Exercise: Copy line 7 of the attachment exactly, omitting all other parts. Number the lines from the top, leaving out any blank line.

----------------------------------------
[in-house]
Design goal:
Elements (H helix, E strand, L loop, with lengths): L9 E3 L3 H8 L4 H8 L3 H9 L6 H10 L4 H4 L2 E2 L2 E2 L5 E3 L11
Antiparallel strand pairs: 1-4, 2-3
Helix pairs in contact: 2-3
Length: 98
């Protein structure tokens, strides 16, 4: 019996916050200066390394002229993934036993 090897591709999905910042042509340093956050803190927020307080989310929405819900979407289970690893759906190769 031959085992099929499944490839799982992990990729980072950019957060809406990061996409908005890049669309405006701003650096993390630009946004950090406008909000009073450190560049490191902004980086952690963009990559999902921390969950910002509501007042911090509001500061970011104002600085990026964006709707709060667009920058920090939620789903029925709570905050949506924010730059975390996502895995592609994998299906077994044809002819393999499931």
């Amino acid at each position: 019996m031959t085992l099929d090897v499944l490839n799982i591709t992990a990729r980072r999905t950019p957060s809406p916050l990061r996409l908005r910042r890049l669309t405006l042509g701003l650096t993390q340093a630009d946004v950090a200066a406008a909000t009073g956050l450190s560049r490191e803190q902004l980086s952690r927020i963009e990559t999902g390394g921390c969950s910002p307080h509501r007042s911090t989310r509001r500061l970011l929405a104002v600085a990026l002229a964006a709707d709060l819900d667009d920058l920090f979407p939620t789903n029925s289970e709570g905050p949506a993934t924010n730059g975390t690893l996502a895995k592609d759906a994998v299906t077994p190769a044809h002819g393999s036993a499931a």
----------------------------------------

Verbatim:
């Protein structure tokens, strides 16, 4: 019996916050200066390394002229993934036993 090897591709999905910042042509340093956050803190927020307080989310929405819900979407289970690893759906190769 031959085992099929499944490839799982992990990729980072950019957060809406990061996409908005890049669309405006701003650096993390630009946004950090406008909000009073450190560049490191902004980086952690963009990559999902921390969950910002509501007042911090509001500061970011104002600085990026964006709707709060667009920058920090939620789903029925709570905050949506924010730059975390996502895995592609994998299906077994044809002819393999499931």